The 2015 Avaloch Farm season will be remembered as the “tilting point.” It marks a transition from a hope into a vibrant reality. Deb and I thought at least 5 years would be required for the Avaloch idea to take hold. Success for us was that news of our venture would effectively spread through the music community as a sanctuary for musicians and their composers. After two and half seasons we have seen that idea emerge fully realized. This year we achieved the numerical parameters of nearly full occupancy and a waiting list to participate. But numbers are only part of the story. We hoped that the Avaloch experience would capture more than the traditional concert spectrum of classical chamber music, but would also include the best in new music. Again, our aspirations were fulfilled. This year we heard exciting newly commissioned works, as well as innovative projects with pre-20th century compositions sprinkled with representation from the world of jazz. Outstanding performances of re-discovered early 17th century manuscripts, newly transcribed pre-20th century music, and works from the folk genre broke the mold, so to speak. I suppose the last concert of the season captured it all. As Deb reported, “It was an extraordinary evening that turned into a “jam” of sorts when one of the singers couldn’t contain herself and sang one of the Schumann songs they had transcribed for cello and piano. Then another, and another, and another cellist joined in, and then we were all singing!” And that is what Avaloch Farm has become. Thanks to all for your support and appreciation. We are building a community and to that end, our success is yours as well.
Those of you who have been residents at Avaloch know the drill when you leave: 1. linens in the laundry room, 2. keys in the bowl outside the office, and 3. SIGN THE BOOK!
Nearly everyone who has joined us has added a comment to the guest book, and the feeling seems to be unanimous. There is nowhere else for musicians to accomplish so much, while feeling so relaxed and cared for. Everyone mentions the fabulous food, the gorgeous surroundings, and especially, the wonderful connections and relationships formed with the musicians outside one’s own ensemble. What fun it was to attend a concert by Avaloch musicians in New York, and see a number of other Avaloch alums there to support their friends! The community is a strong and powerful one, which came to life the moment the first musicians stepped on the grounds on August 18th, 2013. We now know that it will continue to grow and flourish.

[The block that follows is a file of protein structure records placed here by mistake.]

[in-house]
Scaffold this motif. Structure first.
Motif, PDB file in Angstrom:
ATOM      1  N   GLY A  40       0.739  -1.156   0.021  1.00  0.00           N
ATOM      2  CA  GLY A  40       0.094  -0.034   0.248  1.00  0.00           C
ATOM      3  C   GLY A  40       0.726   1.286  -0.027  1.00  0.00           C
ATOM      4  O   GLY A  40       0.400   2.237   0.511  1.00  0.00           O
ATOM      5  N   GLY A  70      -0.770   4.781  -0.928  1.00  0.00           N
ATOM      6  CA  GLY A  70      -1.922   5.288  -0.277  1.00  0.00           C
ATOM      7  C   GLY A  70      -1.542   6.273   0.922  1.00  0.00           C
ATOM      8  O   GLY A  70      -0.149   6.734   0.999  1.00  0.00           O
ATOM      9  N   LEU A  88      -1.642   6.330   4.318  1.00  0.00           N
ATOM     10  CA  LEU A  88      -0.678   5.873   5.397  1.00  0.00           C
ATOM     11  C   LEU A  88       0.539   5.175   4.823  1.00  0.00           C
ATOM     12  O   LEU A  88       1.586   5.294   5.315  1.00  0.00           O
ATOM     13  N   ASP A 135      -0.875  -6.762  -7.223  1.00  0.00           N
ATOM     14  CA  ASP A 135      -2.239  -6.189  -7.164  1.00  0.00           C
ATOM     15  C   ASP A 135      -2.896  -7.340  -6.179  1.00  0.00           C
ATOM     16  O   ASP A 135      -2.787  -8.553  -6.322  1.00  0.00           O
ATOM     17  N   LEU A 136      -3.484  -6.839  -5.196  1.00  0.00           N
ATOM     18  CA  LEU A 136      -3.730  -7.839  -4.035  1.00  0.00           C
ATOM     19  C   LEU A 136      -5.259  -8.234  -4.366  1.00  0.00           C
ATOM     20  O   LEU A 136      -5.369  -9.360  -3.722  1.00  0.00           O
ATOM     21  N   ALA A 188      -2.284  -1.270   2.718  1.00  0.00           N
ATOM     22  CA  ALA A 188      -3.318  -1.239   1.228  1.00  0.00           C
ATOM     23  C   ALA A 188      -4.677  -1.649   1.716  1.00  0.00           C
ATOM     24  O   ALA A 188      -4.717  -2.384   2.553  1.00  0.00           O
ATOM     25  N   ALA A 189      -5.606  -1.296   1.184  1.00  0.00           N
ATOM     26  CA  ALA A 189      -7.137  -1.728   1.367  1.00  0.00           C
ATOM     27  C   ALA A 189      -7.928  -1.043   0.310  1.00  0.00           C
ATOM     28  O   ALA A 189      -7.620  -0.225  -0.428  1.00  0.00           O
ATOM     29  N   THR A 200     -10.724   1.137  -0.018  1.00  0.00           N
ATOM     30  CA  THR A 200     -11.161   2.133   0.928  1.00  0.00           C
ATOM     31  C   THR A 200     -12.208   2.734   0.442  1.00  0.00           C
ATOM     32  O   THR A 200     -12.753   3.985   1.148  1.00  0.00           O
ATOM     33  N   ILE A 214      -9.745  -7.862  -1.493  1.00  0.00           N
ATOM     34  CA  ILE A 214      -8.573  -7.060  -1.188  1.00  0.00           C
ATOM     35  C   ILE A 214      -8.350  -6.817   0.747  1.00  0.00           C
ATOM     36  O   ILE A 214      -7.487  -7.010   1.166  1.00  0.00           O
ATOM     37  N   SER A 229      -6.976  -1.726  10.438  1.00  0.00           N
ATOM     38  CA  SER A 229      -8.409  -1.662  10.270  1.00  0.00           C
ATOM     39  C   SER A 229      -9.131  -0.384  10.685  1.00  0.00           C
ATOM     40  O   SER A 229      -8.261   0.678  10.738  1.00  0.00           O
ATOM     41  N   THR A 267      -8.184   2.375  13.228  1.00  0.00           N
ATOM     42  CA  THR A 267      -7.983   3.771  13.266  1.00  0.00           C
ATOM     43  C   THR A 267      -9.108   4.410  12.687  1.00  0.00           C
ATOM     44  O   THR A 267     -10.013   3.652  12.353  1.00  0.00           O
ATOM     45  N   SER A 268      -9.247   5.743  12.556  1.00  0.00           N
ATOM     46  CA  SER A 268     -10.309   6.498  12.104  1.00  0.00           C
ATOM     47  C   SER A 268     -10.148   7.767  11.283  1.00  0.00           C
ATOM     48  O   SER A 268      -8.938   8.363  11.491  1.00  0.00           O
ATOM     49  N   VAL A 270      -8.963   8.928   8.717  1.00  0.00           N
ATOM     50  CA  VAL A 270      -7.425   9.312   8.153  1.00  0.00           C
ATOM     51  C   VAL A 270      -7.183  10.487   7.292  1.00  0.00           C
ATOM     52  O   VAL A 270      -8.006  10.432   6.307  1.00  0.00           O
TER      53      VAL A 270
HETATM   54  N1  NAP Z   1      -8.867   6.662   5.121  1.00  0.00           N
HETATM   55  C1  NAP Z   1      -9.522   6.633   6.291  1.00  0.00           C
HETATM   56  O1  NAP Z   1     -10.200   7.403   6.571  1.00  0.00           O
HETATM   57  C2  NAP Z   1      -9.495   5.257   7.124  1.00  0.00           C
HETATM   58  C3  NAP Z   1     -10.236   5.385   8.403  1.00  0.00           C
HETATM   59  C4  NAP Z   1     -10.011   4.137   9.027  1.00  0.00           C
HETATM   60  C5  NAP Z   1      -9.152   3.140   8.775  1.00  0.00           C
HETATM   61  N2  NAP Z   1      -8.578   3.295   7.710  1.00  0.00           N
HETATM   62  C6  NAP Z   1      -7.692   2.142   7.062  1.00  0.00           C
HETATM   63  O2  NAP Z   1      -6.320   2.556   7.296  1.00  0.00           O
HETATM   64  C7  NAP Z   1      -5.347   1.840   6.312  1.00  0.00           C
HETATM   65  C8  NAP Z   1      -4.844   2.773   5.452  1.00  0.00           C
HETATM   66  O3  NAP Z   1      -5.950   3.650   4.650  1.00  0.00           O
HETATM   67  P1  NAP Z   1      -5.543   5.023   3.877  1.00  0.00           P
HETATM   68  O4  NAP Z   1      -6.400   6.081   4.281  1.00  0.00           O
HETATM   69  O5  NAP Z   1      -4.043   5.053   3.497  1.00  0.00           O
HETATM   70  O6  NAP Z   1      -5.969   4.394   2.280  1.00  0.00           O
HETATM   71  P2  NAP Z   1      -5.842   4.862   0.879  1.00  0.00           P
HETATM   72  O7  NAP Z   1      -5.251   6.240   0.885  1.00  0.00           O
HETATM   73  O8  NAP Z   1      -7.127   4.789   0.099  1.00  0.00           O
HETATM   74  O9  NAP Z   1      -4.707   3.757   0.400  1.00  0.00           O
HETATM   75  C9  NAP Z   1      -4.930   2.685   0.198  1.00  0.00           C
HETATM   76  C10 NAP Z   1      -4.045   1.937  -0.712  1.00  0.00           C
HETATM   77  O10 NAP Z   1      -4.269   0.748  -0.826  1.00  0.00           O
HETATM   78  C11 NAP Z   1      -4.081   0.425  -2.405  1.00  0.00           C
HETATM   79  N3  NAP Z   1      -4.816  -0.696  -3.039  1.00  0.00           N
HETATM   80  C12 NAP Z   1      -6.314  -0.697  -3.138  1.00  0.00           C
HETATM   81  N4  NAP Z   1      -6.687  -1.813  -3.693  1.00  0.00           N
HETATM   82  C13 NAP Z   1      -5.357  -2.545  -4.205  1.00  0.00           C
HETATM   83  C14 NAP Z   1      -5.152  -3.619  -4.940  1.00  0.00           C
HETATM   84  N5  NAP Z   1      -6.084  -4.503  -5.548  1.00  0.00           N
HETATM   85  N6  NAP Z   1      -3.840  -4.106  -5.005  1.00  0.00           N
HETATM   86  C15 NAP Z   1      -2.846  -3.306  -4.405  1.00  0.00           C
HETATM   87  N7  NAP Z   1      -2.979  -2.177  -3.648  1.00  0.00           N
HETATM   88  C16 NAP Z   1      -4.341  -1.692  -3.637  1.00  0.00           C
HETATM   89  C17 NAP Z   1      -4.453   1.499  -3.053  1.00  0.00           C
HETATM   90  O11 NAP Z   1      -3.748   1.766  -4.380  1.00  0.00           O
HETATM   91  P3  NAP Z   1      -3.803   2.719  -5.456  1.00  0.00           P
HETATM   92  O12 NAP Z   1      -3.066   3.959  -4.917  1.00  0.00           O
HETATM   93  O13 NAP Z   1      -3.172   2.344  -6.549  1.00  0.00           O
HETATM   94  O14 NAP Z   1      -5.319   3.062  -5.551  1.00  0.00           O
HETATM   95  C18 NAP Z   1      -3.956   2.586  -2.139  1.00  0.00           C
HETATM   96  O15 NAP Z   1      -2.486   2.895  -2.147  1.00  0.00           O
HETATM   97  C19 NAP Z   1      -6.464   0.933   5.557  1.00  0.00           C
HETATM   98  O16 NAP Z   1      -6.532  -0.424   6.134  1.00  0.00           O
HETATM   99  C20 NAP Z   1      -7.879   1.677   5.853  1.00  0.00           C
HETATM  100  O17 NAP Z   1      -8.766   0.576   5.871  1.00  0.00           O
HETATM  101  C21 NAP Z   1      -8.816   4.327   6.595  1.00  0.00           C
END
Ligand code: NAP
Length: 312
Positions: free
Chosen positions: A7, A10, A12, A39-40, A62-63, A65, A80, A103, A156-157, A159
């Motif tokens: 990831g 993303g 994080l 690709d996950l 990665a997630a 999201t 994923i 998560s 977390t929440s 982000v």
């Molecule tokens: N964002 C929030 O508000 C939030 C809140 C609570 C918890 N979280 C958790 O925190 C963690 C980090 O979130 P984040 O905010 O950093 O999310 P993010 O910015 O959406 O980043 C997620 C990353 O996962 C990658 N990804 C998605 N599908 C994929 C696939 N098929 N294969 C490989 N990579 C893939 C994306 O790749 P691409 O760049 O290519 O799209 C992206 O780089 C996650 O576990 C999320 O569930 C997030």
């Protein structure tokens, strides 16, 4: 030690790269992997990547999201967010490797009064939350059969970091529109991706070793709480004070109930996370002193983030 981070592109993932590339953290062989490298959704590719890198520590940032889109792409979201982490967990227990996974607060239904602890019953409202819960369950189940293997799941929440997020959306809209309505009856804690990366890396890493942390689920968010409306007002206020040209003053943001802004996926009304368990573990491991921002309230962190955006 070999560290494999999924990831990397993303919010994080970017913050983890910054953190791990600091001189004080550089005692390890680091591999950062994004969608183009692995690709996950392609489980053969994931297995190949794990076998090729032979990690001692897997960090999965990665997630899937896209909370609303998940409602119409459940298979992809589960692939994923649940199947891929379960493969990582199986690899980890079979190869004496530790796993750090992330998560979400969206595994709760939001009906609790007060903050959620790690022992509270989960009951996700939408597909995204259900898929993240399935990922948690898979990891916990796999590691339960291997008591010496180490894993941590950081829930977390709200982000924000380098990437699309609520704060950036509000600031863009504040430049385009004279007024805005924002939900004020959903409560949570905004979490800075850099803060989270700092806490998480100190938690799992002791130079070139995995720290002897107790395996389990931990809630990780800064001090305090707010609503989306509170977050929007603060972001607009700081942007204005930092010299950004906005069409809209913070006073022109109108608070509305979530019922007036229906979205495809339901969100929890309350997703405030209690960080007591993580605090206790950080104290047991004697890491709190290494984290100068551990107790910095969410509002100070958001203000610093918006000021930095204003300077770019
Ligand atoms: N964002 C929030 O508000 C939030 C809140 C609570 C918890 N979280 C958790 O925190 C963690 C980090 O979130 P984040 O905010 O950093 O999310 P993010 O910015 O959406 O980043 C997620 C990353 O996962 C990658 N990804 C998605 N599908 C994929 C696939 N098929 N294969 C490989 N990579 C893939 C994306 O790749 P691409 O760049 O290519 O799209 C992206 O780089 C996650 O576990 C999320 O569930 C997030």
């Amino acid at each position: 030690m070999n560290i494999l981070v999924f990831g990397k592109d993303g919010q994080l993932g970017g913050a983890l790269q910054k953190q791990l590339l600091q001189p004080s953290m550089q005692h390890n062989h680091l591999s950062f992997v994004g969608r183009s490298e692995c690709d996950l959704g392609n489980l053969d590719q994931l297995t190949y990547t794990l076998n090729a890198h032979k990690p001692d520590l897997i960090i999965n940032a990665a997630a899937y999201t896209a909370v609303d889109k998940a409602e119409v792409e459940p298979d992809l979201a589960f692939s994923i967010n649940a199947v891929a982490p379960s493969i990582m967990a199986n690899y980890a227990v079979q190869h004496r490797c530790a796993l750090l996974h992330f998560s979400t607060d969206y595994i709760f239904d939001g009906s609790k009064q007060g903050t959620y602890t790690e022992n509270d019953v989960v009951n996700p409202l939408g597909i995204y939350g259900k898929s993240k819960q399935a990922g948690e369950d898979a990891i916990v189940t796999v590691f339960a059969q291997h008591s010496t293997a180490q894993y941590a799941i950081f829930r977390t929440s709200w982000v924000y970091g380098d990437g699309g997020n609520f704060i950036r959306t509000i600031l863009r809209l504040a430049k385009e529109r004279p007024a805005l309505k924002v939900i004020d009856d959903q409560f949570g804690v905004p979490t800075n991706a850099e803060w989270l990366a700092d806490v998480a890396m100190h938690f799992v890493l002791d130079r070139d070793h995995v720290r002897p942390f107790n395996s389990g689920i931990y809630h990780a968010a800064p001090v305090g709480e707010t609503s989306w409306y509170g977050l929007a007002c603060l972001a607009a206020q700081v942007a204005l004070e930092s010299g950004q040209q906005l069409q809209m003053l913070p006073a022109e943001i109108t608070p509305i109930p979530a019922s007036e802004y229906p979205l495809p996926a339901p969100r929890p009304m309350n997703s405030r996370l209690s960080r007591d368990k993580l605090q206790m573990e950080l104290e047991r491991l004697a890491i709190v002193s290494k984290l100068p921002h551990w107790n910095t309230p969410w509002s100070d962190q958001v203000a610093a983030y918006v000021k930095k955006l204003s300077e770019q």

Fred and I could not be more thrilled. It is a dream come true, with a depth and diversity beyond our expectations. We thank everyone for being part of making Avaloch a unique, vibrant, essential resource.
I first learned about Avaloch Farm Music Institute from a friend and fellow cellist. She described it to me in such a way that I went home that night and googled it to be sure this was real. Had I heard right? A residency program for performers? Indeed this was the case, Avaloch Farm exists and it is, quite literally, heaven on earth for musicians.
As a free-lance performer of contemporary music, I spend most of my year on the road, bouncing from city to city and learning music at a rate that echoes that kind of lifestyle. Somehow there’s never enough time for everything, including giving oneself that much needed space to just think.
I would have conversations all the time with composer friends who would gush about the eight weeks they spent at Yaddo or the MacDowell Colony. These places sounded amazing, only problem being that they were: a) only accepting a handful of people each year by application or nomination and b) predominantly geared towards composers, writers, and visual artists, not performers like myself playing other people’s music.